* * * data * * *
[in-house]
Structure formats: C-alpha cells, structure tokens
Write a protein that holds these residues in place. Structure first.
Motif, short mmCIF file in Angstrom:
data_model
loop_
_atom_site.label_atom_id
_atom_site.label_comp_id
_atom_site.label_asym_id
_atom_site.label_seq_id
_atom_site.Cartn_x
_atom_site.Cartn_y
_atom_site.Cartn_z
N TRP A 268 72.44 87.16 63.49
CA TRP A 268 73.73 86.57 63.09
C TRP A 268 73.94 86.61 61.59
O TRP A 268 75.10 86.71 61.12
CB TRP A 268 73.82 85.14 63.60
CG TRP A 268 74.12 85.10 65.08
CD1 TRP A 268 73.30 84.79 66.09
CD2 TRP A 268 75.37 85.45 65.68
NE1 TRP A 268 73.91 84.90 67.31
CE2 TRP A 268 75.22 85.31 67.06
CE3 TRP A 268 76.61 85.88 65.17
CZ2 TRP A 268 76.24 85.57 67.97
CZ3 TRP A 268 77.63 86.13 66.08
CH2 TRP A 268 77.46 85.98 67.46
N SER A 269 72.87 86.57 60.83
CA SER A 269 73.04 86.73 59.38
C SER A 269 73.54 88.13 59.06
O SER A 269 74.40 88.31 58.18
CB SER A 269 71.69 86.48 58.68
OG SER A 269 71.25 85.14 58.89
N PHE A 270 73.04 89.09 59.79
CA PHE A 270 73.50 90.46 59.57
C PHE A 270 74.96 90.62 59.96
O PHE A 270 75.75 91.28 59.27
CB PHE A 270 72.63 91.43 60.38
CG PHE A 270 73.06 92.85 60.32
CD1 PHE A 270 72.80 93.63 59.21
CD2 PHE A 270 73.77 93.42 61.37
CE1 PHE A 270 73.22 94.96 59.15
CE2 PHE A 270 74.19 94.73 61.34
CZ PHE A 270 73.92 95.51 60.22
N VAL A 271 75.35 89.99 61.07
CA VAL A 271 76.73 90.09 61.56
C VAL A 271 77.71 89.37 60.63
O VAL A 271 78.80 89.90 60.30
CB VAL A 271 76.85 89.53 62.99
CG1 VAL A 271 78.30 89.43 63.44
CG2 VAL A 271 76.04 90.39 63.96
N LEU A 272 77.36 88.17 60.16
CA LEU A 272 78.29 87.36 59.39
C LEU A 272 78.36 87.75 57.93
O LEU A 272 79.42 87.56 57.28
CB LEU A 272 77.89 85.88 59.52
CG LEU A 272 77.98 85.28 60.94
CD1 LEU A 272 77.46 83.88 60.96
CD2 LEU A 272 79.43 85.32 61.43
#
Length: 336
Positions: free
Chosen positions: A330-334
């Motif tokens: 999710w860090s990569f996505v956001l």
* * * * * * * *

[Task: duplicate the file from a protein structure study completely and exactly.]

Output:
[in-house]
Structure formats: C-alpha cells, structure tokens
Write a protein that holds these residues in place. Structure first.
Motif, short mmCIF file in Angstrom:
data_model
loop_
_atom_site.label_atom_id
_atom_site.label_comp_id
_atom_site.label_asym_id
_atom_site.label_seq_id
_atom_site.Cartn_x
_atom_site.Cartn_y
_atom_site.Cartn_z
N TRP A 268 72.44 87.16 63.49
CA TRP A 268 73.73 86.57 63.09
C TRP A 268 73.94 86.61 61.59
O TRP A 268 75.10 86.71 61.12
CB TRP A 268 73.82 85.14 63.60
CG TRP A 268 74.12 85.10 65.08
CD1 TRP A 268 73.30 84.79 66.09
CD2 TRP A 268 75.37 85.45 65.68
NE1 TRP A 268 73.91 84.90 67.31
CE2 TRP A 268 75.22 85.31 67.06
CE3 TRP A 268 76.61 85.88 65.17
CZ2 TRP A 268 76.24 85.57 67.97
CZ3 TRP A 268 77.63 86.13 66.08
CH2 TRP A 268 77.46 85.98 67.46
N SER A 269 72.87 86.57 60.83
CA SER A 269 73.04 86.73 59.38
C SER A 269 73.54 88.13 59.06
O SER A 269 74.40 88.31 58.18
CB SER A 269 71.69 86.48 58.68
OG SER A 269 71.25 85.14 58.89
N PHE A 270 73.04 89.09 59.79
CA PHE A 270 73.50 90.46 59.57
C PHE A 270 74.96 90.62 59.96
O PHE A 270 75.75 91.28 59.27
CB PHE A 270 72.63 91.43 60.38
CG PHE A 270 73.06 92.85 60.32
CD1 PHE A 270 72.80 93.63 59.21
CD2 PHE A 270 73.77 93.42 61.37
CE1 PHE A 270 73.22 94.96 59.15
CE2 PHE A 270 74.19 94.73 61.34
CZ PHE A 270 73.92 95.51 60.22
N VAL A 271 75.35 89.99 61.07
CA VAL A 271 76.73 90.09 61.56
C VAL A 271 77.71 89.37 60.63
O VAL A 271 78.80 89.90 60.30
CB VAL A 271 76.85 89.53 62.99
CG1 VAL A 271 78.30 89.43 63.44
CG2 VAL A 271 76.04 90.39 63.96
N LEU A 272 77.36 88.17 60.16
CA LEU A 272 78.29 87.36 59.39
C LEU A 272 78.36 87.75 57.93
O LEU A 272 79.42 87.56 57.28
CB LEU A 272 77.89 85.88 59.52
CG LEU A 272 77.98 85.28 60.94
CD1 LEU A 272 77.46 83.88 60.96
CD2 LEU A 272 79.43 85.32 61.43
#
Length: 336
Positions: free
Chosen positions: A330-334
């Motif tokens: 999710w860090s990569f996505v956001l």